Crown Resorts executive chairman John Alexander has slammed allegations of impropriety by the casino operator as a media beat-up.
Mr Alexander – a former editor-in-chief of the Sydney Morning Herald and the Australian Financial Review – addressed the claims at the company’s annual general meeting in Melbourne, slamming stories by Nine newspapers that made allegations against Crown that he claimed could not be independently verified.
“As someone who has 50 years experience in journalism and media management, and who was once editor-in-chief of both The Sydney Morning Herald and the Australian Financial Review, I have never seen a quality news organisation publish a story it openly admits it hasn’t been able to verify,” Mr Alexander claimed.
He was referring to a report in The Age and The Sydney Morning Herald about independent MP Andrew Wilkie, who wants a royal commission into Crown after several high-profile allegations against the James Packer-controlled firm.
The newspapers said Mr Wilkie would draw upon video testimony by a limousine driver who alleged a culture of drugs, prostitution and violence against women among VIP gamblers at Crown, but whose claims the newspapers were unable to corroborate.
Mr Alexander said Crown had “no case to answer” on shareholder disclosure, saying Crown took its continuous disclosure requirements very seriously.
Shareholder activist Stephen Mayne criticised Mr Alexander for failing to mention that the Australian Commission for Law Enforcement Integrity will hold a corruption inquiry into interactions between the Department of Home Affairs and Crown over fast-tracked visas for Crown’s VIP gamblers.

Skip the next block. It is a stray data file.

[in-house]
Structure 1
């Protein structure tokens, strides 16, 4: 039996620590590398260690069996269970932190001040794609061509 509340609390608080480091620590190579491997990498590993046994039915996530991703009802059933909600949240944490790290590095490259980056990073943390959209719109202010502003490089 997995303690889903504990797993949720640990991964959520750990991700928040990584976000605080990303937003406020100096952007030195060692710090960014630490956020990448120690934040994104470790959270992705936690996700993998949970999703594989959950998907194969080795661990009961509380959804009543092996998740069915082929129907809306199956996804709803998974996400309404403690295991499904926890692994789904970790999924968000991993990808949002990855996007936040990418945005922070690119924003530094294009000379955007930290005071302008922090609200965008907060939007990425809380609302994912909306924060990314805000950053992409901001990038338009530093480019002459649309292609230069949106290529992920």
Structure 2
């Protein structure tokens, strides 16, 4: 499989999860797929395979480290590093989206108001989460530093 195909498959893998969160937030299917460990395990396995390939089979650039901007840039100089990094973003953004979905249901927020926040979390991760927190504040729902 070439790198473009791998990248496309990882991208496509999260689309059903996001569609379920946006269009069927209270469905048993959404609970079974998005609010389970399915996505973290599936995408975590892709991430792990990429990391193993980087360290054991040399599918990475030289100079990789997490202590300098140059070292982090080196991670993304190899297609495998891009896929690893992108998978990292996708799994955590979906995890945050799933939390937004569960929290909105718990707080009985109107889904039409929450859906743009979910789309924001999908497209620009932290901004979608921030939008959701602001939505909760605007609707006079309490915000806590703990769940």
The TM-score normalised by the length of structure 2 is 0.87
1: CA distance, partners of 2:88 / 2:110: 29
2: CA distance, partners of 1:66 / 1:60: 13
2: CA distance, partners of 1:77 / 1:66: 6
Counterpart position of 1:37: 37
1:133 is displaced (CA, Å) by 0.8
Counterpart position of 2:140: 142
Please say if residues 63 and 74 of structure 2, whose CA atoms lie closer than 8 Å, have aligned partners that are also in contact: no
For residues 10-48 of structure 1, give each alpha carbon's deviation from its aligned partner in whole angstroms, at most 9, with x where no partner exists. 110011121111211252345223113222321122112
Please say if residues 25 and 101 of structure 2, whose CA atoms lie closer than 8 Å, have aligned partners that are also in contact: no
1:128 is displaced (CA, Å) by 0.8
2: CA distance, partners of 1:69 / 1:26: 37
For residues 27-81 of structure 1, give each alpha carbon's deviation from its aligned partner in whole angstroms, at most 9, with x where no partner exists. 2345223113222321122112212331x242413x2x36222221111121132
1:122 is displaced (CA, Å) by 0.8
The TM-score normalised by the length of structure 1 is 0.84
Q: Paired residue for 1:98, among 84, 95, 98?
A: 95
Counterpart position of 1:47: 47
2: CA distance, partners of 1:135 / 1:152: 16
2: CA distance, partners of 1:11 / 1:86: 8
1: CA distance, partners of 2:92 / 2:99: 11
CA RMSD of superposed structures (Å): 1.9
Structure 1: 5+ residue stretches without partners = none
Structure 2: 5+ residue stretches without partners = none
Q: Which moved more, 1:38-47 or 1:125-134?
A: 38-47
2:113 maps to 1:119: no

“This is the Australian government. It’s four public hearings, next week, at the Victorian County Court. You haven’t even mentioned this,” Mr Mayne said.
“You’ve just said it’s all rubbish, it’s all a media beat-up. What can you tell us about this federal government investigation into the integrity of our high-roller program with their visa systems?”
Mr Alexander had said earlier Crown could not go into detail about allegations but that it was co-operating with investigations by Victorian and NSW regulators and that it had a good record of co-operating with law enforcement.
Another shareholder and anti-gambling crusader Tim Costello asked Mr Alexander if he regretted so vehemently denying last year that Crown had tampered with its poker machines, “effectively sledging” Mr Wilkie, who levelled the allegations, when Crown was eventually fined $300,000 over the matter.
“So the denials obviously lacked credibility,” Mr Costello said.
“When will Crown say we did something wrong?”
Mr Alexander said the “blanking plates” placed over certain buttons at Melbourne poker machines were an “operational oversight, a mistake” and he didn’t regret Crown’s full-page newspaper ads rebutting the claims.
“The implication from Mr Wilkie’s allegations was that Crown was somehow tampering with its machines to reduce return to players, and nothing could be further from the truth,” Mr Alexander said.
In other matters, Mr Alexander said the construction of the $2.2 billion Crown Sydney six-star hotel and casino at Barangaroo was on schedule for opening in the first half of 2021.
Mr Alexander also said he had no idea how Crown’s talks with US casino giant Wynn Resorts over a takeover leaked in April, which led to Wynn abruptly ending its discussions about acquiring Crown.
All AGM resolutions passed, although 17.7 per cent voted against the renumeration report, and 22.7 and 27.1 per cent respectively opposed the re-election of directors Helen Coonan and Harold Mitchell.